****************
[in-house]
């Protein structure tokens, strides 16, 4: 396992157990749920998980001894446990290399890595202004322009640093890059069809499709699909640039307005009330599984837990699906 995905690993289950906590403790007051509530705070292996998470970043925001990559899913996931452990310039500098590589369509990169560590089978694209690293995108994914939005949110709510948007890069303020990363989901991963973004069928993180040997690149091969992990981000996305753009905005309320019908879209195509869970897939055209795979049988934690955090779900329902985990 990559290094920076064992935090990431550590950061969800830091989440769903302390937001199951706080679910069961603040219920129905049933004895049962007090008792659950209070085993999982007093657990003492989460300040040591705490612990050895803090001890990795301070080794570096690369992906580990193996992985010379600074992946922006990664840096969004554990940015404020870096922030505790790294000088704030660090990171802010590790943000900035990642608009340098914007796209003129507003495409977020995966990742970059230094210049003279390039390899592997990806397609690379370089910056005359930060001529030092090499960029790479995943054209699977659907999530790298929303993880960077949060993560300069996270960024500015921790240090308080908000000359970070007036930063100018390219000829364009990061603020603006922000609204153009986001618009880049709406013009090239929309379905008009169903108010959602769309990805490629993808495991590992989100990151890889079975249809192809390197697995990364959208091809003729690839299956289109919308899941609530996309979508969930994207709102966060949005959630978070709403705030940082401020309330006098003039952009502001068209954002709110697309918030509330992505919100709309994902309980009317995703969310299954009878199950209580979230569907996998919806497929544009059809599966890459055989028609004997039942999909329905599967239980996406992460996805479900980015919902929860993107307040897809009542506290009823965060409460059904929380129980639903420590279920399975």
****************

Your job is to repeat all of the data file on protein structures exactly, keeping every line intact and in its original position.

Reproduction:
[in-house]
């Protein structure tokens, strides 16, 4: 396992157990749920998980001894446990290399890595202004322009640093890059069809499709699909640039307005009330599984837990699906 995905690993289950906590403790007051509530705070292996998470970043925001990559899913996931452990310039500098590589369509990169560590089978694209690293995108994914939005949110709510948007890069303020990363989901991963973004069928993180040997690149091969992990981000996305753009905005309320019908879209195509869970897939055209795979049988934690955090779900329902985990 990559290094920076064992935090990431550590950061969800830091989440769903302390937001199951706080679910069961603040219920129905049933004895049962007090008792659950209070085993999982007093657990003492989460300040040591705490612990050895803090001890990795301070080794570096690369992906580990193996992985010379600074992946922006990664840096969004554990940015404020870096922030505790790294000088704030660090990171802010590790943000900035990642608009340098914007796209003129507003495409977020995966990742970059230094210049003279390039390899592997990806397609690379370089910056005359930060001529030092090499960029790479995943054209699977659907999530790298929303993880960077949060993560300069996270960024500015921790240090308080908000000359970070007036930063100018390219000829364009990061603020603006922000609204153009986001618009880049709406013009090239929309379905008009169903108010959602769309990805490629993808495991590992989100990151890889079975249809192809390197697995990364959208091809003729690839299956289109919308899941609530996309979508969930994207709102966060949005959630978070709403705030940082401020309330006098003039952009502001068209954002709110697309918030509330992505919100709309994902309980009317995703969310299954009878199950209580979230569907996998919806497929544009059809599966890459055989028609004997039942999909329905599967239980996406992460996805479900980015919902929860993107307040897809009542506290009823965060409460059904929380129980639903420590279920399975």